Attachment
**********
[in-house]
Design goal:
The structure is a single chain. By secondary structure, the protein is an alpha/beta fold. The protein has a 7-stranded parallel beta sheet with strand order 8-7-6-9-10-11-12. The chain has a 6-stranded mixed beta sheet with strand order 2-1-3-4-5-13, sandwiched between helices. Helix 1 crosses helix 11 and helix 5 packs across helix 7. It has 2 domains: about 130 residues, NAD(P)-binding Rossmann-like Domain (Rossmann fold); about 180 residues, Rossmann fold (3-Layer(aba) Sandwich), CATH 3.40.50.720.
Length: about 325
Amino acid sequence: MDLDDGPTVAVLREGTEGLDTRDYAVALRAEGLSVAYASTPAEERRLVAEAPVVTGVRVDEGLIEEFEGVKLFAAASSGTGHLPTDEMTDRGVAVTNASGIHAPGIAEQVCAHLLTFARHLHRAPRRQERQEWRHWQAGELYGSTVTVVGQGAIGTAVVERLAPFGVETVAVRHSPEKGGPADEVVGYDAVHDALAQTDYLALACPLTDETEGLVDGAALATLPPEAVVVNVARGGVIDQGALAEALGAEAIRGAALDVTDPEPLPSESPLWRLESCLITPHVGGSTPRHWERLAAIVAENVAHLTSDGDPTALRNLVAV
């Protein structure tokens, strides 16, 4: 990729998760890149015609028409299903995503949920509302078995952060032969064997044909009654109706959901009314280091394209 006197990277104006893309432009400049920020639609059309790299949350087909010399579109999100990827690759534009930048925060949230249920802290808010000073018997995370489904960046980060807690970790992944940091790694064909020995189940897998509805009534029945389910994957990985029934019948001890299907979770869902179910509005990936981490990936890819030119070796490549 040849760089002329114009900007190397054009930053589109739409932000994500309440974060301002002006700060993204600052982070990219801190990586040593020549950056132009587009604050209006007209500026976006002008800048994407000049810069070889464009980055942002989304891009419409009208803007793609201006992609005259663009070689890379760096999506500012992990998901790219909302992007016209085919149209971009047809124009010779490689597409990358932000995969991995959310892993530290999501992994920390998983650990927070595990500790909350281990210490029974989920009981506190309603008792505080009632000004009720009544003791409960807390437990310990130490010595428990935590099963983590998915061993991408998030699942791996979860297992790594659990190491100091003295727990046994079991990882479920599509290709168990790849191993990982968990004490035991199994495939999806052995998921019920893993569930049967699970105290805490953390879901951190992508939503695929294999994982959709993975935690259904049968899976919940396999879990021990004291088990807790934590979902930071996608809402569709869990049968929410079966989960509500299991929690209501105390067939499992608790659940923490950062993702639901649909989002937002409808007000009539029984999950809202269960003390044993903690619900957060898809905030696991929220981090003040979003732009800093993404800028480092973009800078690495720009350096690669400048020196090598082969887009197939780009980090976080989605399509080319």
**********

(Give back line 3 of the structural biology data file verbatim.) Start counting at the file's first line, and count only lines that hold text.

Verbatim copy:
The structure is a single chain. By secondary structure, the protein is an alpha/beta fold. The protein has a 7-stranded parallel beta sheet with strand order 8-7-6-9-10-11-12. The chain has a 6-stranded mixed beta sheet with strand order 2-1-3-4-5-13, sandwiched between helices. Helix 1 crosses helix 11 and helix 5 packs across helix 7. It has 2 domains: about 130 residues, NAD(P)-binding Rossmann-like Domain (Rossmann fold); about 180 residues, Rossmann fold (3-Layer(aba) Sandwich), CATH 3.40.50.720.